Shamwari Conservation Experience Review – Jacob Dykes


The Shamwari Conservation Experience, to unashamedly use a cliché, is a project that truly exceeds all expectation. We arrived at Shamwari with no knowledge that the next few weeks were to be some of the most informative, enriching, enjoyable, and at times the most absurd of our lives. It’s not every day you wake up knowing you’re going to be relocating an injured Hippopotamus or releasing a Marshall eagle into the wild. But as we found out, such is the nature of conservation. The dynamic character of the reserve demands the flexibility of conservationists; you could be informed mid mouthful of morning cereal that the Veterinary team needs a hand refitting a tracking collar on one of the reserve’s leopards. The variability of activities we were involved in was something we cherished – you really feel like you’re playing an essential part as a volunteer in the conservation process. In this hands-on form of experience, we learnt much more about the daily requirements of the Shamwari team to sustain the ecology of the reserve, and as such what volunteers aren’t doing is a conservation program, but playing a role in conservation itself.

We were consistently stunned by the skill and knowledge of the rangers; they had mastered and honed every detail of the ecosystem over years of experience, and were hugely informative on the history, recent, and future directions of conservation. Social sustainability initiatives with local communities are something that the program is passionate about, building resilient, local communities on the doorstep of such a huge reserve. It was an invaluable experience to be contributing to local schools, communities as well as conservation in just one project.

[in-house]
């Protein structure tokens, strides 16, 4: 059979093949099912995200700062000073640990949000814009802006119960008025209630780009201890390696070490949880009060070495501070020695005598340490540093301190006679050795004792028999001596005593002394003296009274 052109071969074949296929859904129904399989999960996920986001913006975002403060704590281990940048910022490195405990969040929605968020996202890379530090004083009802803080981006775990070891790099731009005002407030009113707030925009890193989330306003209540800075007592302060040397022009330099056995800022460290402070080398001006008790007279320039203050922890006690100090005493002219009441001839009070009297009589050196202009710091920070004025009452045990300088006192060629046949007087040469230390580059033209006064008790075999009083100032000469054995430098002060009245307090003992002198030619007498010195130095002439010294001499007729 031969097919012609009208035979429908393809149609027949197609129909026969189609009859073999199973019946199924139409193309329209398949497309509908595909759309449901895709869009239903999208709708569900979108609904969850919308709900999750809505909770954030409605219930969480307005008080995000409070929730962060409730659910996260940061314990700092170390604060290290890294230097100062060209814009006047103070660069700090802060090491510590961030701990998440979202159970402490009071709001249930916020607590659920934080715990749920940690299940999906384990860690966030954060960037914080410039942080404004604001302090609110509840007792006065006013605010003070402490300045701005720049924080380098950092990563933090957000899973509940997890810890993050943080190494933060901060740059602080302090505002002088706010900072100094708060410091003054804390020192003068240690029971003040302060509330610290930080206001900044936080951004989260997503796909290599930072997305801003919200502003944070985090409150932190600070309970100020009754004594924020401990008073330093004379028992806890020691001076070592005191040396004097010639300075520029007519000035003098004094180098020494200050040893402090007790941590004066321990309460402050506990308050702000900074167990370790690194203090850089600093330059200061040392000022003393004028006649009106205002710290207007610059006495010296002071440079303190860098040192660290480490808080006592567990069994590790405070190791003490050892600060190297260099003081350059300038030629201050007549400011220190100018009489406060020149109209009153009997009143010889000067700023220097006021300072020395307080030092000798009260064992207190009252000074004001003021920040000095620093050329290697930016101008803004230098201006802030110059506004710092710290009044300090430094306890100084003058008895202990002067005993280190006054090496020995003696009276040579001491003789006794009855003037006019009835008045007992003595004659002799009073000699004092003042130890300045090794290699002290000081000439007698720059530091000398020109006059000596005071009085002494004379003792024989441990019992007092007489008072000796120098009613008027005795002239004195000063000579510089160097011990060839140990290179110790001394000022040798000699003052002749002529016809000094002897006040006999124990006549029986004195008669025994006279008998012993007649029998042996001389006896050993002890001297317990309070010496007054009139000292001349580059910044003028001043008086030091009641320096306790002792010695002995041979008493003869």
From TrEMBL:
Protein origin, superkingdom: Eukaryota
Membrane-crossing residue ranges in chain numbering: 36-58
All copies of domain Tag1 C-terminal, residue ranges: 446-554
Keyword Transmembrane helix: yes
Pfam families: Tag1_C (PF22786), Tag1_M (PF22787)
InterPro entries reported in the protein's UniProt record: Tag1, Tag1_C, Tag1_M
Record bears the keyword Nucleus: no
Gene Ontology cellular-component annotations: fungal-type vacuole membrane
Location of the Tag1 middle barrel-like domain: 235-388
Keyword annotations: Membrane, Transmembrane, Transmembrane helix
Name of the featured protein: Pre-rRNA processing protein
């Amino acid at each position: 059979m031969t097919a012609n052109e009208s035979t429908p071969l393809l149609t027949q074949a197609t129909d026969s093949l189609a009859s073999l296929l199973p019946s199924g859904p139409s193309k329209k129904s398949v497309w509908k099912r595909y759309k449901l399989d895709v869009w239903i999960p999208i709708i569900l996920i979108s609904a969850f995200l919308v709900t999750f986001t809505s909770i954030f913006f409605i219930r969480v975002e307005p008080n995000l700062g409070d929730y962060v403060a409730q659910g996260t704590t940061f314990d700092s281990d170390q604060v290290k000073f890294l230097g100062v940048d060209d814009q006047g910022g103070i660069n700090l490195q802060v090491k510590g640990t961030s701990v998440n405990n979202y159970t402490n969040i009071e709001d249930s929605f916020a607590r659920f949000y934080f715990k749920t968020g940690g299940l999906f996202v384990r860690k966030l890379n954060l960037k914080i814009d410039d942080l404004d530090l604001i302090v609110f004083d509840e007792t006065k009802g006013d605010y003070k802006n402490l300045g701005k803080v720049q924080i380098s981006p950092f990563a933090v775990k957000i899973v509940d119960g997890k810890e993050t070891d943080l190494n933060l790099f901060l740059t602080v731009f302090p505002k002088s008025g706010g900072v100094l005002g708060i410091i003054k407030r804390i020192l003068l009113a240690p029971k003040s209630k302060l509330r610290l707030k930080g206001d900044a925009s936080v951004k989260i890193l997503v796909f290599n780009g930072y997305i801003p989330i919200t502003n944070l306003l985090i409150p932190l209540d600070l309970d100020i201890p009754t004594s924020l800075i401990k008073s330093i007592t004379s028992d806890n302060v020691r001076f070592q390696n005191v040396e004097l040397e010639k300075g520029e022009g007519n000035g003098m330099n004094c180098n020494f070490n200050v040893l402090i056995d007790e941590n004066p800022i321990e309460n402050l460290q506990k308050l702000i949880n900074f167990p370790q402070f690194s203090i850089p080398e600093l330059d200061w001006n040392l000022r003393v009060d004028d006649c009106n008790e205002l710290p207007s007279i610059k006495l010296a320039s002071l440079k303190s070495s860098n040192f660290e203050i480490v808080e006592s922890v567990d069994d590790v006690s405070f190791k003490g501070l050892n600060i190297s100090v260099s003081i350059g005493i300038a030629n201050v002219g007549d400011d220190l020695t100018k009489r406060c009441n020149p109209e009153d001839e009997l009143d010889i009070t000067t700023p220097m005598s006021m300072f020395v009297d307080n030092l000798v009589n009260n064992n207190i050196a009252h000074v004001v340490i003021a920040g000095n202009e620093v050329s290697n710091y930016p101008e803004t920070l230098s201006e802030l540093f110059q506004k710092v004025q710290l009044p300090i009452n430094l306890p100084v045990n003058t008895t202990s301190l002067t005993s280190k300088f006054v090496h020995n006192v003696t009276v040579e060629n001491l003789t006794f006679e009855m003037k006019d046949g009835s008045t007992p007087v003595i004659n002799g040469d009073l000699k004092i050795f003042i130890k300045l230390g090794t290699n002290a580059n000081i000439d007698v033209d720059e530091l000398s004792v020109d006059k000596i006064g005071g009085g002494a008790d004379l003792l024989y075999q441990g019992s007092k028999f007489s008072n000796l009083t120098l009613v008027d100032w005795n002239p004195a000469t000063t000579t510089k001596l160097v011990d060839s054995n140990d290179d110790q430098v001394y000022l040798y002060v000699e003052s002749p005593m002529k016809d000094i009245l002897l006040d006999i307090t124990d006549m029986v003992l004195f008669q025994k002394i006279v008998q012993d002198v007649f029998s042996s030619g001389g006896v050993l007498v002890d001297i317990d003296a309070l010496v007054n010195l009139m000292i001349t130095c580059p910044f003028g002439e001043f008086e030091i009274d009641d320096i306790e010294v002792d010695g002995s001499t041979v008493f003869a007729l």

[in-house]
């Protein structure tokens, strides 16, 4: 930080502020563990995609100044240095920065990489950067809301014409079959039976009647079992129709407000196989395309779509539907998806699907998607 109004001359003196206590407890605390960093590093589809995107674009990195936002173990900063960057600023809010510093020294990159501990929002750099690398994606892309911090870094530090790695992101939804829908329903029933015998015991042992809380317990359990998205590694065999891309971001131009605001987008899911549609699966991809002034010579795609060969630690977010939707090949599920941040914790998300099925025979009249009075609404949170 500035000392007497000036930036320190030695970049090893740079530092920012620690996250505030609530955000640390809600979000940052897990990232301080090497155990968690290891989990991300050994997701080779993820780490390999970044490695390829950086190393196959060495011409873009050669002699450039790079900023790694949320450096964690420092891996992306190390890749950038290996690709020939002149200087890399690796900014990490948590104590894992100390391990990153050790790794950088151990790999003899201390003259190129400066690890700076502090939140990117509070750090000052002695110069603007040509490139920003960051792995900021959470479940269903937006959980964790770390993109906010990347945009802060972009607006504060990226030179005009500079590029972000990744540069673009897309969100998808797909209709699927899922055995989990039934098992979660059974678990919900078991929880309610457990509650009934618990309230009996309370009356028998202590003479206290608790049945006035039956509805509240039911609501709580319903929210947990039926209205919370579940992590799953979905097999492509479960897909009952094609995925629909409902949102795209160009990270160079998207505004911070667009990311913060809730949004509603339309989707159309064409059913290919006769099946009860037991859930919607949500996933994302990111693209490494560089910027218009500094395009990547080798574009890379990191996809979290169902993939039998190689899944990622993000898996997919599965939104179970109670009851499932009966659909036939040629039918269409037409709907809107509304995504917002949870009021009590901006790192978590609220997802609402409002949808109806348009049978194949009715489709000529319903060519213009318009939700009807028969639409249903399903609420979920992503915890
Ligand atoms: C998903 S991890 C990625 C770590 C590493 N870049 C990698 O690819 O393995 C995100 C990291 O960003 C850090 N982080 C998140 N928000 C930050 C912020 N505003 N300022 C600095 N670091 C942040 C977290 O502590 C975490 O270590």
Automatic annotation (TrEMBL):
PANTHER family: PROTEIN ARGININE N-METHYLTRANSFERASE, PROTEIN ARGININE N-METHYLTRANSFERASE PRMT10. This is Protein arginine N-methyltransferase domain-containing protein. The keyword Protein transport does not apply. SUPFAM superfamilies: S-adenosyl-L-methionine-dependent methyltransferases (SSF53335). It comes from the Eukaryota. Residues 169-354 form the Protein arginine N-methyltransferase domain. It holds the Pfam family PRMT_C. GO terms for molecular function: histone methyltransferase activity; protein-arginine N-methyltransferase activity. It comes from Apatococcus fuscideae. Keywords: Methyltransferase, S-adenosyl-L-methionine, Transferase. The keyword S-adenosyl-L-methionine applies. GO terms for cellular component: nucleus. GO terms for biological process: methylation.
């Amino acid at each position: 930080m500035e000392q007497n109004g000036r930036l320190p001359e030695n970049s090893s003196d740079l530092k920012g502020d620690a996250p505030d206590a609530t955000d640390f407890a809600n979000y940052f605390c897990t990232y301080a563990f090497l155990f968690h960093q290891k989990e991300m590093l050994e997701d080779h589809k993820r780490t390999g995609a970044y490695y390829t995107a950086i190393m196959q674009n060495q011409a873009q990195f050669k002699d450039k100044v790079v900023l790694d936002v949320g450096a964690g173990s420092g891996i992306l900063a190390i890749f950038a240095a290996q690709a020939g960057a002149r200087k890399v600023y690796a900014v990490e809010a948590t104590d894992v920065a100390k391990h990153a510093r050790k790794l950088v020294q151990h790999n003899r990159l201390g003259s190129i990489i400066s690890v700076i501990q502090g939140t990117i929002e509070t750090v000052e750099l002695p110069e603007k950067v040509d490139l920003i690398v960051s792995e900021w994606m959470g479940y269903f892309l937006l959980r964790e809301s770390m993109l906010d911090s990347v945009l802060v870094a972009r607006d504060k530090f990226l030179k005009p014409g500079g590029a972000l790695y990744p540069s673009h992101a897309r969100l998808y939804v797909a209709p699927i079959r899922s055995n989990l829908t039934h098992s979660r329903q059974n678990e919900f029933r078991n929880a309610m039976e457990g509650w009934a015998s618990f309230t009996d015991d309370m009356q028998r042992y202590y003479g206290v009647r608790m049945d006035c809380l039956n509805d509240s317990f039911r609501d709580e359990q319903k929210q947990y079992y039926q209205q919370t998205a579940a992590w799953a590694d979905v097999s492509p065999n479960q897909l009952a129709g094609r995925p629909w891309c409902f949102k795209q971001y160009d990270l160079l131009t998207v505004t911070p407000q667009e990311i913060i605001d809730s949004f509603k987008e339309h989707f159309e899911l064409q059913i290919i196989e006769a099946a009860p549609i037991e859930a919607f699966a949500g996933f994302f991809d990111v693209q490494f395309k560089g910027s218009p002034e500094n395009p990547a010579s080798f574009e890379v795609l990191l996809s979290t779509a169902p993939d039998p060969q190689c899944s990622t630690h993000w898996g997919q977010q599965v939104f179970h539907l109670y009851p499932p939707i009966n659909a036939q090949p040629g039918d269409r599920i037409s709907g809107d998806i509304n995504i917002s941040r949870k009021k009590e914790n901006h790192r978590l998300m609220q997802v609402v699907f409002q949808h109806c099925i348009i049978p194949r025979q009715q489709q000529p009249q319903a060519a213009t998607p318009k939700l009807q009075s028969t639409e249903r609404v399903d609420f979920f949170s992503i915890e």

The nature of the project attracts a huge range of nationalities and personalities, united by the common passion for conservation. We were instantly welcomed to this eclectic bunch, meeting some truly unforgettable characters and building lasting relationships with like-minded individuals along the way. Although it’s an experience that will be hard to trump, it’s one that has really encouraged me to participate in more conservation and sustainability focused projects in the future.


If you are in need of any more information, fill out the contact form and ask your questions below – one of our friendly team will soon be in touch to respond to your queries!

Phone: +44 (0) 207 193 7819


Address: Gap Africa Projects, PO Box 198, Chessington, KT9 9BT, United Kingdom

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